Keep door open to di­vorced who re­marry: pope

The China Post - - INTERNATIONAL - BY FRANCES D’EMILIO

Pope Fran­cis de­clared on Wed­nes­day that di­vorced Catholics who re­marry, as well as their chil­dren, de­serve bet­ter treat­ment from the church, warn­ing pas­tors against treat­ing these cou­ples as if they were ex­com­mu­ni­cated. Catholic teach­ing con­sid­ers di­vorced Catholics who re­marry are liv­ing in sin and are not al­lowed to re­ceive Com­mu­nion, leav­ing many of these peo­ple feel­ing shunned by their church.

Fran­cis’ em­pha­sis on mercy in church lead­er­ship has raised hope among many such Catholics that he might lift the Com­mu­nion ban. Catholics who di­vorce af­ter a church mar­riage but don’t take up a new union, such as a sec­ond mar­riage, can re­ceive Com­mu­nion.

The Vat­i­can this fall is hold­ing a month-long fol­low-up meet­ing on fam­ily is­sues, af­ter a sim­i­lar gath­er­ing last year left di­vorced Catholics who re­marry hop­ing in vain that a quick end to the ban would have re­sulted from those dis­cus­sions.

In his latest re­marks on di­vorce, Fran­cis didn’t go that far. But he in­sisted on an at­ti­tude change in the church. “How do we take care of those who, fol­low­ing the ir­re­versible fail­ing of their fam­ily bond made a new union?” he said.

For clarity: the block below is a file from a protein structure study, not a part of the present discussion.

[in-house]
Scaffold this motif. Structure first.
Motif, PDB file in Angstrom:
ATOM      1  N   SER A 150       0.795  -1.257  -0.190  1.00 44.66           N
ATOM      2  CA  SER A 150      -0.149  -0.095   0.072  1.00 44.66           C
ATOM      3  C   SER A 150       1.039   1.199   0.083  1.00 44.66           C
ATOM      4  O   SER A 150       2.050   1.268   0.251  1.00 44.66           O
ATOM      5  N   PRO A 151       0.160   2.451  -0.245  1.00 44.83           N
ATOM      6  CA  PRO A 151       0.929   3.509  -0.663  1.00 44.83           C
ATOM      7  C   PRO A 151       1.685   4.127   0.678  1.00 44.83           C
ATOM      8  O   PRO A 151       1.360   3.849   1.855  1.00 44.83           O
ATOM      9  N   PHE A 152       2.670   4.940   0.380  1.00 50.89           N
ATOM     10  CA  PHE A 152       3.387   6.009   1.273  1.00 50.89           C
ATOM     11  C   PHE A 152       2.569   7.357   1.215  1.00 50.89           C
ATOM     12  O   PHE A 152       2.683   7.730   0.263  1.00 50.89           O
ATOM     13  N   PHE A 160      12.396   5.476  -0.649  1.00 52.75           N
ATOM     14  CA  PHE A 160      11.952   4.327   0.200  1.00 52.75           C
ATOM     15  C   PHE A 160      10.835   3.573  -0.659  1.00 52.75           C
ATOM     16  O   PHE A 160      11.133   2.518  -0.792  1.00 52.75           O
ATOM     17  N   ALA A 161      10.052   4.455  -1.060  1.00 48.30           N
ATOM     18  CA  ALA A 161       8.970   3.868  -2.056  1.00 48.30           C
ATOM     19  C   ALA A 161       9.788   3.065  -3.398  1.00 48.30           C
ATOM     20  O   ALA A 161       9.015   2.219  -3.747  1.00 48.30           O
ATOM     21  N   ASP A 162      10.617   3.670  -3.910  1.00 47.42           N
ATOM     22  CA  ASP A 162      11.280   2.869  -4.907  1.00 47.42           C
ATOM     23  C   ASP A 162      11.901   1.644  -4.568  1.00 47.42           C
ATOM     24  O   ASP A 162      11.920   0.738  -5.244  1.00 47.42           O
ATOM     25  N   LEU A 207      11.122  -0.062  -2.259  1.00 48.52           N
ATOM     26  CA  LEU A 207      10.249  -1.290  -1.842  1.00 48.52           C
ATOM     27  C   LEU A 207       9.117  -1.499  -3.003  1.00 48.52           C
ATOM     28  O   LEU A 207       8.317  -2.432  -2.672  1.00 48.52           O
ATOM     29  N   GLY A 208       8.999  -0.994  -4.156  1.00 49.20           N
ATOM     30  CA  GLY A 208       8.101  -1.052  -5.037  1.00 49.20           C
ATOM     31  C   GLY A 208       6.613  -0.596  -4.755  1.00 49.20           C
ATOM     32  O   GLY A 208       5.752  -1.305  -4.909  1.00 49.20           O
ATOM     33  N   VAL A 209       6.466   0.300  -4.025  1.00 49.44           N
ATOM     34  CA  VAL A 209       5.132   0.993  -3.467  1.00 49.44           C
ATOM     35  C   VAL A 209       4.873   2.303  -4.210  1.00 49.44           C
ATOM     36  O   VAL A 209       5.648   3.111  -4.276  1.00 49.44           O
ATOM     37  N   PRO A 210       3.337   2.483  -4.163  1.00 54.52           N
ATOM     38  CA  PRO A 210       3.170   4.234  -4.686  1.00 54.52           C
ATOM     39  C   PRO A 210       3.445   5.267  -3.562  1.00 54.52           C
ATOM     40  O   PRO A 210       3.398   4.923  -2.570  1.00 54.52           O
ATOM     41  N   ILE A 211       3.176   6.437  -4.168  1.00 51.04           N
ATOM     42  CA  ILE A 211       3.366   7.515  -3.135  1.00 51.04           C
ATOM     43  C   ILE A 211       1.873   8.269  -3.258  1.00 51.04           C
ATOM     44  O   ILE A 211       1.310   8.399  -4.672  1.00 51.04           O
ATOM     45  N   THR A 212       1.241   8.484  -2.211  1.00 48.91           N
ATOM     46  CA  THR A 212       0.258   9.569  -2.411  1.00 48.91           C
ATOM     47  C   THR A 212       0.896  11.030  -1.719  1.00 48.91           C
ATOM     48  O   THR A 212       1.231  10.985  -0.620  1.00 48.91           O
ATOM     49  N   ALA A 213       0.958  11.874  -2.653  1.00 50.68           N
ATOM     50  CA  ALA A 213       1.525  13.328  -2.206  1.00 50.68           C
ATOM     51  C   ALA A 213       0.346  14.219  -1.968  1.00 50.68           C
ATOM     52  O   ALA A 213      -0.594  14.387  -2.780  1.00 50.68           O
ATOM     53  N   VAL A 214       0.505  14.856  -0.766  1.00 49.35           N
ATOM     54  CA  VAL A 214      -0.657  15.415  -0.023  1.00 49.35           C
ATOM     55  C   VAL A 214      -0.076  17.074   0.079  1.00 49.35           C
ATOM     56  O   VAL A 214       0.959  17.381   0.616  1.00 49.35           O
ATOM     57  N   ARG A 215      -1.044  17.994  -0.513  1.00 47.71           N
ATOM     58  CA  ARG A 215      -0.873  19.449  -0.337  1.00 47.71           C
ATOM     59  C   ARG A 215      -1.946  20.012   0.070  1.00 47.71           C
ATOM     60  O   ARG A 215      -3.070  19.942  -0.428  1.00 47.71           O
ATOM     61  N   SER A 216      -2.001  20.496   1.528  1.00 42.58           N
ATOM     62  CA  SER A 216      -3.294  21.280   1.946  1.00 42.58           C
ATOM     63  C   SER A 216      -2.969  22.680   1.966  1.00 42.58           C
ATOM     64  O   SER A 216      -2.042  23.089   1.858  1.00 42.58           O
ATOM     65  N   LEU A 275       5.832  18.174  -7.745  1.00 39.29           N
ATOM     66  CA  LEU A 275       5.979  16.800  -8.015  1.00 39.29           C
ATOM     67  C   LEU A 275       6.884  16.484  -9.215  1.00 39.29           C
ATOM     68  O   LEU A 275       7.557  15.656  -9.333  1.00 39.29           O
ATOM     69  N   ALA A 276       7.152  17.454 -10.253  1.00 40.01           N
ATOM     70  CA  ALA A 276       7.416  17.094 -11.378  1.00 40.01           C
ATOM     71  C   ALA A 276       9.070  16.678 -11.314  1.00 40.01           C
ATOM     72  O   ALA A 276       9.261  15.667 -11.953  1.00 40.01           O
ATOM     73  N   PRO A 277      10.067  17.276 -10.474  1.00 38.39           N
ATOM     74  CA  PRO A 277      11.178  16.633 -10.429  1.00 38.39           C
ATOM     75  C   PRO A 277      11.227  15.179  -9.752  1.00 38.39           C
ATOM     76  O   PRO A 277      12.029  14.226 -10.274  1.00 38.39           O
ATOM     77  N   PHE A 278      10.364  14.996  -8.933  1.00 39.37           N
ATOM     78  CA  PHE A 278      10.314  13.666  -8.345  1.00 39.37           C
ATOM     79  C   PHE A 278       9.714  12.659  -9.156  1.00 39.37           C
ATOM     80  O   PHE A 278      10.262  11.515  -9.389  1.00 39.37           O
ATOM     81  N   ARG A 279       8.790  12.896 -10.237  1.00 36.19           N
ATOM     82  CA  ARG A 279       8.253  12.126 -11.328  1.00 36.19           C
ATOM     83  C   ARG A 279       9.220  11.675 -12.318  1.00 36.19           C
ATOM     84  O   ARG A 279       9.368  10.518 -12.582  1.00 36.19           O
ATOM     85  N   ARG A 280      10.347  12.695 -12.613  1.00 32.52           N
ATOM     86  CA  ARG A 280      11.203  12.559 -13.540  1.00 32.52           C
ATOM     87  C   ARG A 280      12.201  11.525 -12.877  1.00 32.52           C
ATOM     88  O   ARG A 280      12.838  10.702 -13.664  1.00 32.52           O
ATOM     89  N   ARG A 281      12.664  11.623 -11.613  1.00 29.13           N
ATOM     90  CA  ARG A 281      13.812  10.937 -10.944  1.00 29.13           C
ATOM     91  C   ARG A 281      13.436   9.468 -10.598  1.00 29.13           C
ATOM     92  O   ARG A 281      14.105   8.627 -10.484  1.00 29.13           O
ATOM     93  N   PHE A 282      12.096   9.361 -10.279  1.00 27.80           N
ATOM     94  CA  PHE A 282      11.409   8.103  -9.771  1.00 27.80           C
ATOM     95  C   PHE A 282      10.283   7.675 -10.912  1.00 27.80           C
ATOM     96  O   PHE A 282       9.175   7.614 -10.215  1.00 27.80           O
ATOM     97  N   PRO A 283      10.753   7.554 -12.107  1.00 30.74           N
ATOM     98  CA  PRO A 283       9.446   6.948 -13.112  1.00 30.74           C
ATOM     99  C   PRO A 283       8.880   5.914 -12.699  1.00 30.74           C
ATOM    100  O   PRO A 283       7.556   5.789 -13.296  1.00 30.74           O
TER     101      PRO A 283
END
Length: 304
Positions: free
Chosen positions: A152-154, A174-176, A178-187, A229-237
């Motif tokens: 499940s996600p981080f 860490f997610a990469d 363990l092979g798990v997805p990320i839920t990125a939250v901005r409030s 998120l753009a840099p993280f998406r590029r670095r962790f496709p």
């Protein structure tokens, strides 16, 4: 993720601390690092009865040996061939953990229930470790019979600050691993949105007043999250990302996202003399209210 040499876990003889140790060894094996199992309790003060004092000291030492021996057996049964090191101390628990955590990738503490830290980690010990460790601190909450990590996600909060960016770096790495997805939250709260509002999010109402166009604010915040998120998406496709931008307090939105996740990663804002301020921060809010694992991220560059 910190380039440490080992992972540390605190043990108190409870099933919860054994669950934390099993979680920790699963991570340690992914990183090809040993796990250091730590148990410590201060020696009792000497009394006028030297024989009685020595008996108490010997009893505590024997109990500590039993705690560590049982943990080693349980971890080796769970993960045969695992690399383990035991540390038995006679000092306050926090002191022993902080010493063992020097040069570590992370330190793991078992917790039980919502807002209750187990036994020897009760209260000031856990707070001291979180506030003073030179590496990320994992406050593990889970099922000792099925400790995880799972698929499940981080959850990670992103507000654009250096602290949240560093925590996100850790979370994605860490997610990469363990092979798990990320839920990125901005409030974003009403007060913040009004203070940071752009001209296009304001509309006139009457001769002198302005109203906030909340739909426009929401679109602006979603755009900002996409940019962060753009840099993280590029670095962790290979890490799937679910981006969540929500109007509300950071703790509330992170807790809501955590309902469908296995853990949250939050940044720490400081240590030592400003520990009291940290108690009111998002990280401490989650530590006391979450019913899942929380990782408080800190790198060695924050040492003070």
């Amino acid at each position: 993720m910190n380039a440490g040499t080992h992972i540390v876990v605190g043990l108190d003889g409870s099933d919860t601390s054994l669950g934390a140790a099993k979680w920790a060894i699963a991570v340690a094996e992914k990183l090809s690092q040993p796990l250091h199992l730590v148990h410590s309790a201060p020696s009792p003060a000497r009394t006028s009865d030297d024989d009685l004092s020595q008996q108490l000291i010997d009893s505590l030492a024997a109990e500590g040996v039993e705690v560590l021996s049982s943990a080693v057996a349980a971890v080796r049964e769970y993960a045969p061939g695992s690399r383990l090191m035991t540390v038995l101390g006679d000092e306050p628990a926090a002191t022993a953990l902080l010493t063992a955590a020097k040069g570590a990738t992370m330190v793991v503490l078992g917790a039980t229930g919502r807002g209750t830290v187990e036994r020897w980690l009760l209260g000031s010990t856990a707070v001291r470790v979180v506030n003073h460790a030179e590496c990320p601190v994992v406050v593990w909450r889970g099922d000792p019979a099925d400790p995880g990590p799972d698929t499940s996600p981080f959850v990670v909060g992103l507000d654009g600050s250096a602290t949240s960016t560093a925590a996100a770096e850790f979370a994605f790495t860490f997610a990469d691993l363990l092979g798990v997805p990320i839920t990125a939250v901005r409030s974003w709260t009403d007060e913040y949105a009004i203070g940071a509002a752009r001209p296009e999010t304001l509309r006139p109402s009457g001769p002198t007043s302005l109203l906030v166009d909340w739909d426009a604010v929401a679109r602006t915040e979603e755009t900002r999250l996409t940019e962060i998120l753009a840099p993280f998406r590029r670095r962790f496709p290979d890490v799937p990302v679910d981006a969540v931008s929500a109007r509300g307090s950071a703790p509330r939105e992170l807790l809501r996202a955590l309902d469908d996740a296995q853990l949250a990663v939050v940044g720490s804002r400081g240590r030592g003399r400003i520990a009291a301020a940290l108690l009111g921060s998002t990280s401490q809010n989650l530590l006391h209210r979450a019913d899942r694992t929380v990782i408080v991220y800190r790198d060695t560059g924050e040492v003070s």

“Peo­ple who started a new union af­ter the de­feat of their sacra­men­tal mar­riage are not at all ex­com­mu­ni­cated, and they ab­so­lutely must not be treated that way,” Fran­cis told pil­grims and tourists at his first gen­eral au­di­ence af­ter a sum­mer break. “They al­ways be­long to the church.”

The pope ac­knowl­edged that church teach­ing con­sid­ers “tak­ing up a new union” af­ter di- vorce wrong.

“The church knows well that such a sit­u­a­tion con­tra­dicts the Chris­tian sacra­ment,” of mar­riage. Still, Fran­cis said, the church must al­ways “seek the well-be­ing and sal­va­tion of per­sons.”

Fran­cis won­dered how the church can in­sist that the chil­dren of these failed mar­riage be raised by their par­ents “with an ex­am­ple of con­vinced and prac­ticed faith, if we keep them (the par­ents) far from the com­mu­nity life (of the church) as if they were ex­com­mu­ni­cated?”

He ex­horted pas­tors “not to add ad­di­tional weight be­yond what the chil­dren in this sit­u­a­tion have to bear. Un­for­tu­nately the num­bers of these chil­dren and young peo­ple are truly great.”

In his pa­pacy, Fran­cis has fre­quently sug­gested see­ing sit­u­a­tions through the eyes of oth­ers.

“If we look at these new ties with the eyes of young chil­dren ... we see ever more the ur­gency to de­velop in our com­mu­nity true welcome to­ward peo­ple liv­ing in these sit­u­a­tions,” Fran­cis said.

Other than be­ing wid­owed, the only pos­si­ble way for Catholics who marry in the church to re­marry is re­ceiv­ing an an­nul­ment. That long, com­pli­cated process es­sen­tially in­volves ex­am­in­ing whether the mar­riage never ex­isted in the first place. Grounds for an­nul­ment in­clude re­fusal by a spouse to have chil­dren.

Pre­vi­ous pon­tiffs had com­plained that an­nul­ments in some places, no­tably in the United States, were be­ing granted too lib­er­ally.

AP

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